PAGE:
This rapid, recent expansion in administrative proceedings and related litigation is not, of course, a unique or isolated phenomenon. It is part of a greatly increased reliance on our judiciary to decide all manner of social, political, and economic issues. Much of this litigation may be an inexorable result of complicated social and economic interactions, heightened resort to regulatory schemes to deal with environmental, health and safety, civil rights and welfare concerns, and other historical factors. However, the point has been reached where much of it is unnecessary, unproductive, and less than ideally suited for many of the conflicts involved. More and more administrative, business, regulatory, employment, benefit, and other decisions are being made by judicial officers pursuant to marginally relevant criteria in forums not always conducive to efficient decisionmaking.6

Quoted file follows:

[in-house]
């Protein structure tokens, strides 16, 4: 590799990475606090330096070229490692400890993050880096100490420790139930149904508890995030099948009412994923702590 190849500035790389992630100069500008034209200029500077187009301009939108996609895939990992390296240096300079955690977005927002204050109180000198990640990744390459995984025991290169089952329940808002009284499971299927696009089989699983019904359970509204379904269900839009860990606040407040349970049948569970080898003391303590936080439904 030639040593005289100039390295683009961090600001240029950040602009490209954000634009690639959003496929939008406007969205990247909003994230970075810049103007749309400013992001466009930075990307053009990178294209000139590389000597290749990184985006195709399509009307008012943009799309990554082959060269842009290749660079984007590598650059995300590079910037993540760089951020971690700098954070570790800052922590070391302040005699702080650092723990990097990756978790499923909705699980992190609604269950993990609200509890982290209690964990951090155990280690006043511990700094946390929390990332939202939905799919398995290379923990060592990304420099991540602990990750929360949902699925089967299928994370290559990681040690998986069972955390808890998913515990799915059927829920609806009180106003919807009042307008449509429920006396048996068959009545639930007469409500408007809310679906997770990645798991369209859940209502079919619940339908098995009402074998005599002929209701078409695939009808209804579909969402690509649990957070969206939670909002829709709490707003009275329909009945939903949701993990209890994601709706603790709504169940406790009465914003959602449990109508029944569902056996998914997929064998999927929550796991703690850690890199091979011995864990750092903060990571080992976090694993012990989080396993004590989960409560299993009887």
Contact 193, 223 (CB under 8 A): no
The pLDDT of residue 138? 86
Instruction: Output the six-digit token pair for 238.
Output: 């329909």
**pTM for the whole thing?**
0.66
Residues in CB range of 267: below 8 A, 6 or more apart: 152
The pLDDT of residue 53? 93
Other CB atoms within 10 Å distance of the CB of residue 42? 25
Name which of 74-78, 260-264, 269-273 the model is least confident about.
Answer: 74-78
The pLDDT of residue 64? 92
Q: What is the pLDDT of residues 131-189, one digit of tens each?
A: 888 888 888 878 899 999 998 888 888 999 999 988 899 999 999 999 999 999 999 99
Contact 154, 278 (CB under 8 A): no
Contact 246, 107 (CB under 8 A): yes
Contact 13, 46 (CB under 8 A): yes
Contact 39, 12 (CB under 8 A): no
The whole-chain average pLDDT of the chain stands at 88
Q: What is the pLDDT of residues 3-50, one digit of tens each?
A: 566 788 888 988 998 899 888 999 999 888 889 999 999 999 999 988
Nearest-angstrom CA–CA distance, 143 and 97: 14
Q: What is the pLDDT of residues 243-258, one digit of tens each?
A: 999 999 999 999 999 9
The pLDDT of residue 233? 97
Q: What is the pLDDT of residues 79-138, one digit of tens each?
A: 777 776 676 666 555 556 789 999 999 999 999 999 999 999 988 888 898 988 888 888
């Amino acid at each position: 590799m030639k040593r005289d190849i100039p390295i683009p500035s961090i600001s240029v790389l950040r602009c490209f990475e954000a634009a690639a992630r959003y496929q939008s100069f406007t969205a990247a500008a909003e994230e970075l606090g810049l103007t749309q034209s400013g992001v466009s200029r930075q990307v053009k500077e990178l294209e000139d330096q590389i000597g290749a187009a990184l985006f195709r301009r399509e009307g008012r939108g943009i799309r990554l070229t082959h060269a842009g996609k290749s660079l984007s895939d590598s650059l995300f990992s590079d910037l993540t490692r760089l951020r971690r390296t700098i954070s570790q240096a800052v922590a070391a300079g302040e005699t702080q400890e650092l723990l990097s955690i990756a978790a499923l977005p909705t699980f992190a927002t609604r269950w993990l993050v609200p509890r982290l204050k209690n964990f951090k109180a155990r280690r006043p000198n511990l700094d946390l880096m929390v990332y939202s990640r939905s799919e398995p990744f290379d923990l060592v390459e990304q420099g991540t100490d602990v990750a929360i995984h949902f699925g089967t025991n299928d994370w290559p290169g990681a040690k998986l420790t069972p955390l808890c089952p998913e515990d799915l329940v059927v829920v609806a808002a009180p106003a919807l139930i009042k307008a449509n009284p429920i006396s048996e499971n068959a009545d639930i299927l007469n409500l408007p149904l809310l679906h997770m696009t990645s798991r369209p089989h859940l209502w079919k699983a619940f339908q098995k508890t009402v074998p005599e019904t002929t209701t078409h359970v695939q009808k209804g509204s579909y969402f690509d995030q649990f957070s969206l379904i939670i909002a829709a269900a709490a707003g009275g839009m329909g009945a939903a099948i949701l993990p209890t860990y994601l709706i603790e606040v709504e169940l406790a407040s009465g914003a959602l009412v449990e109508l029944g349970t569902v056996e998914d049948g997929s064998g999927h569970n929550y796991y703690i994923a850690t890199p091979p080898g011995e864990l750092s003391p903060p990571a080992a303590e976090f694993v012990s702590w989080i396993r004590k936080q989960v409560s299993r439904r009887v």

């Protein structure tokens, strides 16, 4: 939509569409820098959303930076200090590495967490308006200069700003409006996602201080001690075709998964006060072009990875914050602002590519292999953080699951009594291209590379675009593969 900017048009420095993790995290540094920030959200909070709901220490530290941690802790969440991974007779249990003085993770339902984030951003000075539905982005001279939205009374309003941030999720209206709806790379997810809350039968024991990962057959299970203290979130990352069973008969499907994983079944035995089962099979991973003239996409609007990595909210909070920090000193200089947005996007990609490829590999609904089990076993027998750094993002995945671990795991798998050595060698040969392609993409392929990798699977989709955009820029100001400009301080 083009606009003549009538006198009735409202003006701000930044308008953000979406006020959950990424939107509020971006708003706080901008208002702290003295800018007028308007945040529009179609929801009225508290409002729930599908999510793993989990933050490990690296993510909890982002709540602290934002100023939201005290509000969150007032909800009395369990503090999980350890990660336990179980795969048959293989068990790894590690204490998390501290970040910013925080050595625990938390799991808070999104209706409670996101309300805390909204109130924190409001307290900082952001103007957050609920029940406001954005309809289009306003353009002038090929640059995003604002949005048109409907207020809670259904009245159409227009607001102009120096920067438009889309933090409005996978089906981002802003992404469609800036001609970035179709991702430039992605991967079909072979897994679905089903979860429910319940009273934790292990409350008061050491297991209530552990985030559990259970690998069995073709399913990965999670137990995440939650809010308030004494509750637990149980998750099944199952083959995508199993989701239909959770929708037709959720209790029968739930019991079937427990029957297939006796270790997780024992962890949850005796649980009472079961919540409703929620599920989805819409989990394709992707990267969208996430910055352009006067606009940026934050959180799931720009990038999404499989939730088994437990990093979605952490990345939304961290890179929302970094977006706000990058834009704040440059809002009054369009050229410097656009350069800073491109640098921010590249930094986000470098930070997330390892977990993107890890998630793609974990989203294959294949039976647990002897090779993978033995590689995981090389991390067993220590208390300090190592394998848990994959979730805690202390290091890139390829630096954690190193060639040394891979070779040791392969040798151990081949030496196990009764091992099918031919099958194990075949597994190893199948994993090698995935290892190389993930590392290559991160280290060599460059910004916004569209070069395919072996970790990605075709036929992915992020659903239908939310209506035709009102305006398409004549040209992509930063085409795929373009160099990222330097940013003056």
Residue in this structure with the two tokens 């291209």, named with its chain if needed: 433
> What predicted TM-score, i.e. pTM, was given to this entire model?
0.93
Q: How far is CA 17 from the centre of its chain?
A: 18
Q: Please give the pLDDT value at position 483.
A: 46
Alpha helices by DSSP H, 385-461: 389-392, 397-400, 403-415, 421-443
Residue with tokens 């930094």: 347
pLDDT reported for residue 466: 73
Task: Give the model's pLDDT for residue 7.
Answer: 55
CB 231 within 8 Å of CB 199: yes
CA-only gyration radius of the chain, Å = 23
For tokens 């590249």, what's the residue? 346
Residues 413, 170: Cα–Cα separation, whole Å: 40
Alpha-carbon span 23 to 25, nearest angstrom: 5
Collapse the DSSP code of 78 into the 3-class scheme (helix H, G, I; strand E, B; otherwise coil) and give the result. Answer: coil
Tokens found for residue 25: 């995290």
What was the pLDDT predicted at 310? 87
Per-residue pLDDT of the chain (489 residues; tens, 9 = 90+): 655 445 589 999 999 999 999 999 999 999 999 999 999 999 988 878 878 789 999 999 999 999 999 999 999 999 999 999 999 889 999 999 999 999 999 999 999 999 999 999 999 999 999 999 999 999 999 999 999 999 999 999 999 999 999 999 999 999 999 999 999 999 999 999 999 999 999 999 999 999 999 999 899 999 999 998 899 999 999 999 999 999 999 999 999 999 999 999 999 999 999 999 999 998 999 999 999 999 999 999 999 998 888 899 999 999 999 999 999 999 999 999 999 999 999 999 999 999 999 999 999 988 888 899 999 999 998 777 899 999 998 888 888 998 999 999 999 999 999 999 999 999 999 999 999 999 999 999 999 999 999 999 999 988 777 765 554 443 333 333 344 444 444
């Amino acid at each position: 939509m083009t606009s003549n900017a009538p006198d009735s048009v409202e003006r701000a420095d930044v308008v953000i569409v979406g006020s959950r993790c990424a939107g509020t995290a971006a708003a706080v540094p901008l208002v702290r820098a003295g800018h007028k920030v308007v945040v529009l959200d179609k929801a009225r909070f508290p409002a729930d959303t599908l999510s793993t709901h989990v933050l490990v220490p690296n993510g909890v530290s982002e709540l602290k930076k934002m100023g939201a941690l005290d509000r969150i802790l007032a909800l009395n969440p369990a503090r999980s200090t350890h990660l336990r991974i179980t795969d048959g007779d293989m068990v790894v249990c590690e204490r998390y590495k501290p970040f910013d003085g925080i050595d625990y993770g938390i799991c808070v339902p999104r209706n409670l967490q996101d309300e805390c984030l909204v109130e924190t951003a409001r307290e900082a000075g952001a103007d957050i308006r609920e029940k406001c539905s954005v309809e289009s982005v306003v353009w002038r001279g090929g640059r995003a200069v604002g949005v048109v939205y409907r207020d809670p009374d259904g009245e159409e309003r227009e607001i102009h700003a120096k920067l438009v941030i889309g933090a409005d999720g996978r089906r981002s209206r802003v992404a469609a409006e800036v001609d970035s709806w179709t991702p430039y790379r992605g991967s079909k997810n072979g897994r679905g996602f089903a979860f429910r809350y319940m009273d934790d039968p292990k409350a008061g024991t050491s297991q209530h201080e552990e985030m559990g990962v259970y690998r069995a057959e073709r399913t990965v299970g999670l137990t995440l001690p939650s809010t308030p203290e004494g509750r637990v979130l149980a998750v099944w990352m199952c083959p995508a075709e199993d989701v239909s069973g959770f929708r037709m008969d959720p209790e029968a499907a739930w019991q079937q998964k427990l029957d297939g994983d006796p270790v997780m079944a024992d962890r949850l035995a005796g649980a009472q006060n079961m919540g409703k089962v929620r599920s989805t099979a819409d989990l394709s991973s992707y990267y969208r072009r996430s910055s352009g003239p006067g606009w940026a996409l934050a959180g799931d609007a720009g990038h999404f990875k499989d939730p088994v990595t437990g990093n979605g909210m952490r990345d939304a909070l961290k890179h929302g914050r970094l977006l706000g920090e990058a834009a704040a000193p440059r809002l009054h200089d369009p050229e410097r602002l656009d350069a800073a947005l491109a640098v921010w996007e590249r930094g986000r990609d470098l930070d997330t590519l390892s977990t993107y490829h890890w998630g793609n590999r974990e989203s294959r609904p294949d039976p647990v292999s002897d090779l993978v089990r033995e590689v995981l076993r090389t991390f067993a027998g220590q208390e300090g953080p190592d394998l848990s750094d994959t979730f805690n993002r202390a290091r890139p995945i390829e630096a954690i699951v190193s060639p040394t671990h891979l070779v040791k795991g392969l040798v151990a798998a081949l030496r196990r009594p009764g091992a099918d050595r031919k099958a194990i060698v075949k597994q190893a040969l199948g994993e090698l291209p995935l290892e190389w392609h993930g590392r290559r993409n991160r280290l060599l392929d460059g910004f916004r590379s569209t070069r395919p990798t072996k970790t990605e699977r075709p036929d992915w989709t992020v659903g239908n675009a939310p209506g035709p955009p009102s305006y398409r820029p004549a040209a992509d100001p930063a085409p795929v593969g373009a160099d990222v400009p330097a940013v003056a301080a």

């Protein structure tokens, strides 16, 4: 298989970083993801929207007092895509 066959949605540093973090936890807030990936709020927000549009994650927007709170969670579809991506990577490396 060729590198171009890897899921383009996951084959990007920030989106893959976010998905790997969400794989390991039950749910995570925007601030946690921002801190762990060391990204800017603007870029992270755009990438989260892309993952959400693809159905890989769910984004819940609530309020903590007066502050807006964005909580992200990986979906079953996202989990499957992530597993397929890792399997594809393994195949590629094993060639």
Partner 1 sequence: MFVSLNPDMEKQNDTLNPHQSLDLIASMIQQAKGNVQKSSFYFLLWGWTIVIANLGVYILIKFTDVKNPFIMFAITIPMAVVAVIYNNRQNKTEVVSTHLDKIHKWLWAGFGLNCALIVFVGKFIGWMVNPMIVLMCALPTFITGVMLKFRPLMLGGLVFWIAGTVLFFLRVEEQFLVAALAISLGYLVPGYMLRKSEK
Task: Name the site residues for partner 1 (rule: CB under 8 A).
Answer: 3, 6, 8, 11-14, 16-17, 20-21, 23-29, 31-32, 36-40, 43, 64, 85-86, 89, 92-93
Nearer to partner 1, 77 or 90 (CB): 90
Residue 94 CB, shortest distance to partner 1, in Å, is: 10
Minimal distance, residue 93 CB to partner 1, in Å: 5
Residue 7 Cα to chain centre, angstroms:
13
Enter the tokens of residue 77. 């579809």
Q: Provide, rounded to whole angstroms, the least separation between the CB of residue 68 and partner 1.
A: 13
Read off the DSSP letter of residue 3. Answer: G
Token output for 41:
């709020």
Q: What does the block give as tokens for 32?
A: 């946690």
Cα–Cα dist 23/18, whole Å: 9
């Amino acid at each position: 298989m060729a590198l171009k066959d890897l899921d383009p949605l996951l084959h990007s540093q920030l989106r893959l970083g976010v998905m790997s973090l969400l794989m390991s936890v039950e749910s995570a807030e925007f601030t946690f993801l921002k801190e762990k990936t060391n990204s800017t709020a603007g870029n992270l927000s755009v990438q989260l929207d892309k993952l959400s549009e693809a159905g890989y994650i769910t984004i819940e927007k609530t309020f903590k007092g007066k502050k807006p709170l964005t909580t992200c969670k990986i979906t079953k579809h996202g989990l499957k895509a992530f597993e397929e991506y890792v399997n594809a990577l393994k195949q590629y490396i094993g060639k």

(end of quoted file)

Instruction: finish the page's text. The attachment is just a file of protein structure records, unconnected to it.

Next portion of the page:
Charles E. Grassley and Charles Pou Jr.,
Congress, the Executive Brand and the Dispute Resolution Process,
1992 J. Disp. Resol.
Available at: https://scholarship.law.missouri.edu/jdr/vol1992/iss1/4